Assets Frozen, Receiver Appointed in Atlanta-Based Scam
Washington, D.C., Oct. 12, 2006 – LAWFUEL – Law News Network – The Securities and Exchange Commission yesterday filed emergency securities fraud charges against an Atlanta promoter to halt a Ponzi scheme that raised at least $30 million from approximately 2,000 investors in fraudulent real estate development partnerships. The Commission’s complaint against Pinnacle Development Partners LLC, a Georgia limited liability company with its principal place of business in Atlanta, Ga., and Gene A. O’Neal, its managing member, was filed in the Northern District of Georgia
The Court entered an order freezing the defendants’ assets, appointing a receiver for Pinnacle and investor partnerships controlled by Pinnacle, imposing a preliminary injunction against the defendants enjoining future violations of the registration and antifraud provisions of the federal securities laws, and providing other relief. The defendants consented to the order without admitting or denying the allegations in the complaint.
“This case illustrates the danger of promoters who solicit investments by promising exorbitant returns,” said Walter Ricciardi, SEC Enforcement Division Deputy Director. “The Commission is committed to taking aggressive action to protect investors from such schemes.”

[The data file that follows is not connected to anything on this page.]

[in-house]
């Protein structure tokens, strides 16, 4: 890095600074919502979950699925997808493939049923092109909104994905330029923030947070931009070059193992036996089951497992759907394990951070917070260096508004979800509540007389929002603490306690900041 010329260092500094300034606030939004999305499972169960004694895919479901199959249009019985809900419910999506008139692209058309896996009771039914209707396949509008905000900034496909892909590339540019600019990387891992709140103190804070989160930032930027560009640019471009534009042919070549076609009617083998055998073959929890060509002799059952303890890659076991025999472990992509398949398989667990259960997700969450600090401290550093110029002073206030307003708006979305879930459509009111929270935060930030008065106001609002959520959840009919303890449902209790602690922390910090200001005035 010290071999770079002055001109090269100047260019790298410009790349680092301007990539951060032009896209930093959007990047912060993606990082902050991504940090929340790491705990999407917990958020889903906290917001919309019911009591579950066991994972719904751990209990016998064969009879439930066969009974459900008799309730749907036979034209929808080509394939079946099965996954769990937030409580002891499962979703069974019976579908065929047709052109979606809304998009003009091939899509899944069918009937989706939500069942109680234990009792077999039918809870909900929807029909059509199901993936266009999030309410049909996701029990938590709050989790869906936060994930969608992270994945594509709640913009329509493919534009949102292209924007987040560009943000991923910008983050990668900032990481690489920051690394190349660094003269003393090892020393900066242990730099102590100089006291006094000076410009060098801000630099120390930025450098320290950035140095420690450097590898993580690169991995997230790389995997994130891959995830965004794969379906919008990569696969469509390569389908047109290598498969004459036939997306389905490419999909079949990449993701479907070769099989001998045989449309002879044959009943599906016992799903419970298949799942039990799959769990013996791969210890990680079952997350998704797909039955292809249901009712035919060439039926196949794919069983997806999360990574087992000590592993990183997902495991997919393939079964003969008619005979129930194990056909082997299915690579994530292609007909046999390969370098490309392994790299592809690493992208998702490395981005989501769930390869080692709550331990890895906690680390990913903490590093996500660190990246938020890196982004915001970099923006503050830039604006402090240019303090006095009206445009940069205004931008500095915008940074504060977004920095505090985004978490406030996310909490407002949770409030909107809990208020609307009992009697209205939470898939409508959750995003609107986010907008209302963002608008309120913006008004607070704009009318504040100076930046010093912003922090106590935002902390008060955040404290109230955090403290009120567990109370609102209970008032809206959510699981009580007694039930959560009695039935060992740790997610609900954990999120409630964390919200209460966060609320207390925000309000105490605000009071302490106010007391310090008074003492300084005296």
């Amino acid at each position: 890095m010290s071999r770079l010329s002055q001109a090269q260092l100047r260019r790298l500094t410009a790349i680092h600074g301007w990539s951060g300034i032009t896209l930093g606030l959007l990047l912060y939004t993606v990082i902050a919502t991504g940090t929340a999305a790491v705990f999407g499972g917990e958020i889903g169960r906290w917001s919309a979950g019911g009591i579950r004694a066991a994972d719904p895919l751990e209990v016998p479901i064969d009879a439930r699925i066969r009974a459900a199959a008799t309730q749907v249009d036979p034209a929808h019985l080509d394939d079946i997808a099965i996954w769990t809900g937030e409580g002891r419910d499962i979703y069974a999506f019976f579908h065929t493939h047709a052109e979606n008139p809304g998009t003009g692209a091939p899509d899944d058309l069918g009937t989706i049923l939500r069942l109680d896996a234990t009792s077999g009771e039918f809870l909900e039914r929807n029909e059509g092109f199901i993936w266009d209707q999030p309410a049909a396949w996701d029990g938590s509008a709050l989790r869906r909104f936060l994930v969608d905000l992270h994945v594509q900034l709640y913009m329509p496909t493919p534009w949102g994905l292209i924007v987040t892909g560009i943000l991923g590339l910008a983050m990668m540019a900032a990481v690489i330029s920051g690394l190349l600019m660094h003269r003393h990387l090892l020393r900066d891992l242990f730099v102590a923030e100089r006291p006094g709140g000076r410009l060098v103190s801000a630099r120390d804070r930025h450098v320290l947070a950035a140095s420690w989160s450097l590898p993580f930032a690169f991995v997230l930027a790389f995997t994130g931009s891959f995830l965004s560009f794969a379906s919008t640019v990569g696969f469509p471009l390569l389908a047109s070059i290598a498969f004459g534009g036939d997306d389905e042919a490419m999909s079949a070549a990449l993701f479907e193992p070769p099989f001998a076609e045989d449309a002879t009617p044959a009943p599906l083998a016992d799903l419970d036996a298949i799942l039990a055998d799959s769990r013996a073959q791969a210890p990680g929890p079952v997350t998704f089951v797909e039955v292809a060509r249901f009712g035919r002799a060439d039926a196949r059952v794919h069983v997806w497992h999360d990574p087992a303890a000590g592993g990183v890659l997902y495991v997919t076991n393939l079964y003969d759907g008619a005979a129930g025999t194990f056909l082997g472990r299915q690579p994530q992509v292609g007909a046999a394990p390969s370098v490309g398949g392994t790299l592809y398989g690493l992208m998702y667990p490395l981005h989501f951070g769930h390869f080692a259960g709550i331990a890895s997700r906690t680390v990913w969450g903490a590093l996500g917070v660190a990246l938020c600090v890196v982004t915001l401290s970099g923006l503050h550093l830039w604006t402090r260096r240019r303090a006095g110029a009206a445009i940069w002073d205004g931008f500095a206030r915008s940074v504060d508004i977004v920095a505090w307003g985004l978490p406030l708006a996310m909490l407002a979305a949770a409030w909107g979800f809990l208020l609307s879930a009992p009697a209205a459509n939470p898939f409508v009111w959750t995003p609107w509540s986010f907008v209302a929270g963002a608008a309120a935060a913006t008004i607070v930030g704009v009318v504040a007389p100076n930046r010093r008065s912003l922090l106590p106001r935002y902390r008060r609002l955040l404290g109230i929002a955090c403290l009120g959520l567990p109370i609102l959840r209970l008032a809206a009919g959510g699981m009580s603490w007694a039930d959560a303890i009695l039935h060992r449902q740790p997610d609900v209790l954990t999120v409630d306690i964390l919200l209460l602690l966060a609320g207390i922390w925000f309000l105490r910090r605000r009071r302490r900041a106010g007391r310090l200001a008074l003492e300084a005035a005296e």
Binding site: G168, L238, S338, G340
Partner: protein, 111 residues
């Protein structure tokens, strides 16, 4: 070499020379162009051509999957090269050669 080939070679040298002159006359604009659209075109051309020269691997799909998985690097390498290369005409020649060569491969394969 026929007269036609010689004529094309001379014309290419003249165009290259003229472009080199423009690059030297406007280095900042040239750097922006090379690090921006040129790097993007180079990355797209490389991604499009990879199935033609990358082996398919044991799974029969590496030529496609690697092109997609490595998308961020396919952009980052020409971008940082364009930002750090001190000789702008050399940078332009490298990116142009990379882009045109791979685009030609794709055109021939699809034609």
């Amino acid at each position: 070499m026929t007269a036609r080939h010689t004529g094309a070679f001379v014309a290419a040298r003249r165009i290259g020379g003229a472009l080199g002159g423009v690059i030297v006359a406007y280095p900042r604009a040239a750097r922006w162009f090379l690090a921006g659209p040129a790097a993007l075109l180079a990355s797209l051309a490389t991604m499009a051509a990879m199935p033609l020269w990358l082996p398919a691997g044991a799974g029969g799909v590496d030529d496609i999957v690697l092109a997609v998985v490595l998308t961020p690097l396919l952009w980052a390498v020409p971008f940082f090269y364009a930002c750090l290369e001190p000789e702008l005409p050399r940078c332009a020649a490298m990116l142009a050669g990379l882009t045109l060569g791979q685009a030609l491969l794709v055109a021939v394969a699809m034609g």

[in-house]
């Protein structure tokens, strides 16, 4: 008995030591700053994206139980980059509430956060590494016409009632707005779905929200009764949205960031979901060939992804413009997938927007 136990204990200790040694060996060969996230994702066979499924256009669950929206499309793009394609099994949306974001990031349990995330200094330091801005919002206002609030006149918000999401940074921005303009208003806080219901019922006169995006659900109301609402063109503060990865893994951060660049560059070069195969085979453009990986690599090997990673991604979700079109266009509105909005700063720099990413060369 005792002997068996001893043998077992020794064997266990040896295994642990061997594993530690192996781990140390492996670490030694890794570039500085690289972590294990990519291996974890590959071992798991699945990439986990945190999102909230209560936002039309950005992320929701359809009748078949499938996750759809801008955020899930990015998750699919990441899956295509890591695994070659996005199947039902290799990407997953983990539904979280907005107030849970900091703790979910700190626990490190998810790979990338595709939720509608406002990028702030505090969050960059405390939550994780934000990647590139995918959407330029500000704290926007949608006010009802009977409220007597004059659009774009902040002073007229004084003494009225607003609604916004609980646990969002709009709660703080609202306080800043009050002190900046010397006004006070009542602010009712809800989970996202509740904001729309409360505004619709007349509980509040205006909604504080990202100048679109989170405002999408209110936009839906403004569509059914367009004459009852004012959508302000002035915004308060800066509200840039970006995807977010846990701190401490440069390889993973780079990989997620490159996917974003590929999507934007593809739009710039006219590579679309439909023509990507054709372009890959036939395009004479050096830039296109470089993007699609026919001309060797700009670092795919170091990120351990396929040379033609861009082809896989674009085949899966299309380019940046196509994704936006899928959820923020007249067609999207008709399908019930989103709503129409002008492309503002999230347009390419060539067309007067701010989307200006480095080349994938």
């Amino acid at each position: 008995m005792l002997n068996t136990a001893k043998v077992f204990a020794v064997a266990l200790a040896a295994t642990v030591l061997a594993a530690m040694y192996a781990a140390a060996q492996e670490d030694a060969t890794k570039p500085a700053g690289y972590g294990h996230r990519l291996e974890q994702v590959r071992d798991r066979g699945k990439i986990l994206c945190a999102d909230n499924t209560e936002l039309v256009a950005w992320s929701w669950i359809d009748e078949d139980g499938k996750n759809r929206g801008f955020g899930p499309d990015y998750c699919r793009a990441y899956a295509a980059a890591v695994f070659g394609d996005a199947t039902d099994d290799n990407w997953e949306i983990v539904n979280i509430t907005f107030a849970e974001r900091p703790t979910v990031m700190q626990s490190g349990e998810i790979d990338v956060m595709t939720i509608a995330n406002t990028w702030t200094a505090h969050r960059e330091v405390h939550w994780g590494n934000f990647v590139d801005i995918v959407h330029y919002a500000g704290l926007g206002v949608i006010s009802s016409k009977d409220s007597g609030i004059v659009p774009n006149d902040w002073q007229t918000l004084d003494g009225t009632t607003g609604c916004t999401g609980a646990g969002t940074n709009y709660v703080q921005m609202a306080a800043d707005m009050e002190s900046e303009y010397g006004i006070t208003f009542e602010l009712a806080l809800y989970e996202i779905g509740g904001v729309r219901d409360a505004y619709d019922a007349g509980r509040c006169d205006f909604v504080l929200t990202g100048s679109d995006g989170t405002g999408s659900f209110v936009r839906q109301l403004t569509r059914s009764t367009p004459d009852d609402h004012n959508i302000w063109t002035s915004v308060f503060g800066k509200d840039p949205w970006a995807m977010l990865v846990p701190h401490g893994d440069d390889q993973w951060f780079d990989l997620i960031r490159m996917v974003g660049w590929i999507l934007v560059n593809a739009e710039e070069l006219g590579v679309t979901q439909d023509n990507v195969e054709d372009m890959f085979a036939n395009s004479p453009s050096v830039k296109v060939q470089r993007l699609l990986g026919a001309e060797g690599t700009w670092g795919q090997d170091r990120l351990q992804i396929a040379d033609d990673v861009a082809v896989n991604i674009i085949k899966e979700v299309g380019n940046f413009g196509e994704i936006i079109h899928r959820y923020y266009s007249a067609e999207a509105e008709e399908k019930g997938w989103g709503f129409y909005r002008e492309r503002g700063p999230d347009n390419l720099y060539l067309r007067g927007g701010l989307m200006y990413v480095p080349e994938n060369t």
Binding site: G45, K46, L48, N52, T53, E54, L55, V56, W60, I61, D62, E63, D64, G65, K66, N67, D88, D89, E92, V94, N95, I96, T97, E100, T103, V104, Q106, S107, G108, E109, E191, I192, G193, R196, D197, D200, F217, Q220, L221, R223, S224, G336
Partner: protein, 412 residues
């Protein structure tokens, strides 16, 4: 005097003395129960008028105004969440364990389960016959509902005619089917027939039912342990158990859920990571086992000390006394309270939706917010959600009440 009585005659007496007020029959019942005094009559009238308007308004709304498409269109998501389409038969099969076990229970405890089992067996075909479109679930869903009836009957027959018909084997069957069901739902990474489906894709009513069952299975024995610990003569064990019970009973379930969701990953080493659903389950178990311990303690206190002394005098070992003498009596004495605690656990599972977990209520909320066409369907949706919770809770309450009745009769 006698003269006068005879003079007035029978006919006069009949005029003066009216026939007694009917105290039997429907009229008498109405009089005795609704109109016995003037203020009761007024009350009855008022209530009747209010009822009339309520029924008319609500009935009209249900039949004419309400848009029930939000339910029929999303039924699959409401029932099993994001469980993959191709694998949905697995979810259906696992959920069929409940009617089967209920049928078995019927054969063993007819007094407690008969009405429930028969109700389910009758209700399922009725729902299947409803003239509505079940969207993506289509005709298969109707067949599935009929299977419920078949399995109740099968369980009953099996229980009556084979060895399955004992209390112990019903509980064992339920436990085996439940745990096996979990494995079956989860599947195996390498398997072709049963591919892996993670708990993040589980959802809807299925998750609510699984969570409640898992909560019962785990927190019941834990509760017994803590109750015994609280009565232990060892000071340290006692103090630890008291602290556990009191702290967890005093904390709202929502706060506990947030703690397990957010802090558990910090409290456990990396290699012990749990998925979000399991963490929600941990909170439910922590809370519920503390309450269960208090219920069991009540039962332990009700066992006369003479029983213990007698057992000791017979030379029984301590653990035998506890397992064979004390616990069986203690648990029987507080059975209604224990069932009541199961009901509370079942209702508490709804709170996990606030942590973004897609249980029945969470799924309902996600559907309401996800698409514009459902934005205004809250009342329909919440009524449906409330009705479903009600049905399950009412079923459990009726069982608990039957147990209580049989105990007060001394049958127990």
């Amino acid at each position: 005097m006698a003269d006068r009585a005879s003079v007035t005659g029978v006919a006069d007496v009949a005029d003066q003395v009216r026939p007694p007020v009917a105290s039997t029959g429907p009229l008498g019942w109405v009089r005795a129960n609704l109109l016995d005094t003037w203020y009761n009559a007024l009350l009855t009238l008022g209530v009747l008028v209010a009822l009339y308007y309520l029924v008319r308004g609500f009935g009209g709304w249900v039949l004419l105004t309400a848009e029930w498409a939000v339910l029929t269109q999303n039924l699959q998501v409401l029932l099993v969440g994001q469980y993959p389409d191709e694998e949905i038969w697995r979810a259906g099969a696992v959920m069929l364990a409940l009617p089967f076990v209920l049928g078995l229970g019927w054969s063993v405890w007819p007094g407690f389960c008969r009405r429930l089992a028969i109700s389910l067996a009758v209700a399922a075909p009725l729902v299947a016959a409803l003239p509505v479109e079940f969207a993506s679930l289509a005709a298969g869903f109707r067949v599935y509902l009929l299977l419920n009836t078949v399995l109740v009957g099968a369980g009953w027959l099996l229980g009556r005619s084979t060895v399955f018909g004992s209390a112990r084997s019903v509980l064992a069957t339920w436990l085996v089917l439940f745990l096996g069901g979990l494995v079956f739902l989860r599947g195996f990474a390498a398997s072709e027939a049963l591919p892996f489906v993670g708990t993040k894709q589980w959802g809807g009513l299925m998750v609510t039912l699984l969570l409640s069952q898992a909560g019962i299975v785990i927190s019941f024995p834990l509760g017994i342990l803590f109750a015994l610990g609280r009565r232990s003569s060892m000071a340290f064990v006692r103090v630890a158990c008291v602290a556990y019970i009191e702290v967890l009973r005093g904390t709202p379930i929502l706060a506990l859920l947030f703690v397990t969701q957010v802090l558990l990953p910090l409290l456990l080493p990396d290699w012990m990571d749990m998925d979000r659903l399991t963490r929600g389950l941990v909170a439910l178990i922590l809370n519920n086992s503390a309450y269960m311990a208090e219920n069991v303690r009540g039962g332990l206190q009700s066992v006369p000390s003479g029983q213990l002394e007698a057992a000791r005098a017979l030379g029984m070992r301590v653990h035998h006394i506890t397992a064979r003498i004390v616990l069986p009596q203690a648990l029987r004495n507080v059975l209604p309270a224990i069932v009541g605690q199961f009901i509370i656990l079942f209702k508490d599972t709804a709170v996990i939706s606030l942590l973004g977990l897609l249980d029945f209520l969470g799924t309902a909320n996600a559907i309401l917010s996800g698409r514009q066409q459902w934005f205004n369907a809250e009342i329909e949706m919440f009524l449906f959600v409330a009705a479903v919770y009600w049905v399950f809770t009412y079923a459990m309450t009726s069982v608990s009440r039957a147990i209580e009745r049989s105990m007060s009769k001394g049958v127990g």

The Commission alleges that, from at least October 2005 through the present, Pinnacle and O’Neal have fraudulently offered and sold interests in real estate development partnerships through a nationwide advertising campaign, which included general solicitations for investors in more that 40 magazines and newspapers. Pinnacle also sold notes to some investors. According to the complaint, Pinnacle promised investors a 25% return in 45 or 60 days, and a second 25% return and the return of investor capital after 90 days. Pinnacle represented that the profits would be earned by the respective partnership purchasing foreclosed real estate, making minor repairs and reselling the property within 45 to 60 days. The Commission alleged that, in fact, without disclosure to investors, Pinnacle itself, or O’Neal, purchased property from third parties and sold it to its investor partnerships at high mark-ups. The exorbitant returns promised to investors were generated by the respective partnership selling the property to other investor partnerships controlled by Pinnacle.